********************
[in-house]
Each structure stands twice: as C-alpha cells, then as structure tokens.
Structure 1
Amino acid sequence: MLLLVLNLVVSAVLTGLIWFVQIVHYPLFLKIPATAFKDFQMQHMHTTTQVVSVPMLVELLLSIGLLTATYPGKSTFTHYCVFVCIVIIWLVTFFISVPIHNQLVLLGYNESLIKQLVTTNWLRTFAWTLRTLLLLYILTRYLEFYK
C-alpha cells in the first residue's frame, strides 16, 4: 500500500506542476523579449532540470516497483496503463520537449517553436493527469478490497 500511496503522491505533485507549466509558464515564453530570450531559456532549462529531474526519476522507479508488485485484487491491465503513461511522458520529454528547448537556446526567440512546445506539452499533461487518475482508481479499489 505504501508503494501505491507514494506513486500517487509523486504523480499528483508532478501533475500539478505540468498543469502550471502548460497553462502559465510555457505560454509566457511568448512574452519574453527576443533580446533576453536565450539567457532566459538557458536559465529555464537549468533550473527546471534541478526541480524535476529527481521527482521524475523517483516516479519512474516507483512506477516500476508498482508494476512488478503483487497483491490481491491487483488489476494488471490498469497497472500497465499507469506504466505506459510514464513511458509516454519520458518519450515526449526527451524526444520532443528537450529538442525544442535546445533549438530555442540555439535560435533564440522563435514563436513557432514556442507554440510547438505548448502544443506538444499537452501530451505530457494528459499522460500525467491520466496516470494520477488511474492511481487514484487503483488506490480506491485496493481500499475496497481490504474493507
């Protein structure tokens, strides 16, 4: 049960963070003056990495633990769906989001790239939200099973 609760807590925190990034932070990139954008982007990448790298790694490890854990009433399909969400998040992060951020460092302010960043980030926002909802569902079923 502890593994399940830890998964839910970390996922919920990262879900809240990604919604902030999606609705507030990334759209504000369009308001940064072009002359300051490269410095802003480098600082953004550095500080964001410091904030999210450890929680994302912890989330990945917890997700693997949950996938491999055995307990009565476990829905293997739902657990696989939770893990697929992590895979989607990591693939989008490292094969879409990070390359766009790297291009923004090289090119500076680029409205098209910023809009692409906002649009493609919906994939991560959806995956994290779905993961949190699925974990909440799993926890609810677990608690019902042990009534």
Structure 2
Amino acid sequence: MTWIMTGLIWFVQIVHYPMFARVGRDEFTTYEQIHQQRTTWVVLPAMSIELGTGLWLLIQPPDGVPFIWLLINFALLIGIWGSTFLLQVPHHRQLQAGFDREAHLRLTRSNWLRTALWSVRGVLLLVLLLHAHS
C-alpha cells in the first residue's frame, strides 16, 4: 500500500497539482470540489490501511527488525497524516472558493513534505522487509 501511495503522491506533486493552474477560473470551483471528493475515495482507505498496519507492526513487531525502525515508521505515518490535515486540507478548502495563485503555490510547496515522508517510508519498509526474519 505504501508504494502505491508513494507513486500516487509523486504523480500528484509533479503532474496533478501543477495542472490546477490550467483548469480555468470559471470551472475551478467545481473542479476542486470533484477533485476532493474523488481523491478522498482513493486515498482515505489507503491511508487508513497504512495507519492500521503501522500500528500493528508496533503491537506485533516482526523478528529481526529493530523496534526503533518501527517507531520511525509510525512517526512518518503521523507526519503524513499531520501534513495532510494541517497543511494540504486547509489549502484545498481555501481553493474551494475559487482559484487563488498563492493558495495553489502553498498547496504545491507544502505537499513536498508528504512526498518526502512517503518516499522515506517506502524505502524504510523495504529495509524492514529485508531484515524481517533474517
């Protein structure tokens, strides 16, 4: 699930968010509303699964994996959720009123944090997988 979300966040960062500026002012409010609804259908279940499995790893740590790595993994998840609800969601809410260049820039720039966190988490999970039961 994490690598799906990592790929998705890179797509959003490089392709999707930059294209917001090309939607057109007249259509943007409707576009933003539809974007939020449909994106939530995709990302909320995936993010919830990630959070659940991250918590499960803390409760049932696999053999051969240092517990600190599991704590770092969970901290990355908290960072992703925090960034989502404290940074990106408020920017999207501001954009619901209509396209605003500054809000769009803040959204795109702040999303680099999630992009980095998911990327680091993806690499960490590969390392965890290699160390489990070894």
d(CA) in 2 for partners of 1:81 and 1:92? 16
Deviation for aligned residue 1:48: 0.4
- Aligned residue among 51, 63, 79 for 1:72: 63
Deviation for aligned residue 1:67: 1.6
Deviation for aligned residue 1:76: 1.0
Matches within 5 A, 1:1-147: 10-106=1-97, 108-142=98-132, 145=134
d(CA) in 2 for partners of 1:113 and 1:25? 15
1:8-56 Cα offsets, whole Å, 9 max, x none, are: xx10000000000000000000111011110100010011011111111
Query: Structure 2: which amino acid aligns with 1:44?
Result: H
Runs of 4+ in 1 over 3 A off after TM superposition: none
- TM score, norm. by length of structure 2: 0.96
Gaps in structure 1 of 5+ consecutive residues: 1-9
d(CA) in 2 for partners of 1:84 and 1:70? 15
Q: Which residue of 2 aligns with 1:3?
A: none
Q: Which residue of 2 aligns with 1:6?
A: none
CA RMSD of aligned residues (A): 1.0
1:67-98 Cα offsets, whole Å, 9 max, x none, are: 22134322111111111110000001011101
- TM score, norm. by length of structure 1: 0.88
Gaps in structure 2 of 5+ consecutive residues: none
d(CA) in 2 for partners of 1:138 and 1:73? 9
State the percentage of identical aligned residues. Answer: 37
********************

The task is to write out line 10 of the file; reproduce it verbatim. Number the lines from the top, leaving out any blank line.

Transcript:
């Protein structure tokens, strides 16, 4: 699930968010509303699964994996959720009123944090997988 979300966040960062500026002012409010609804259908279940499995790893740590790595993994998840609800969601809410260049820039720039966190988490999970039961 994490690598799906990592790929998705890179797509959003490089392709999707930059294209917001090309939607057109007249259509943007409707576009933003539809974007939020449909994106939530995709990302909320995936993010919830990630959070659940991250918590499960803390409760049932696999053999051969240092517990600190599991704590770092969970901290990355908290960072992703925090960034989502404290940074990106408020920017999207501001954009619901209509396209605003500054809000769009803040959204795109702040999303680099999630992009980095998911990327680091993806690499960490590969390392965890290699160390489990070894």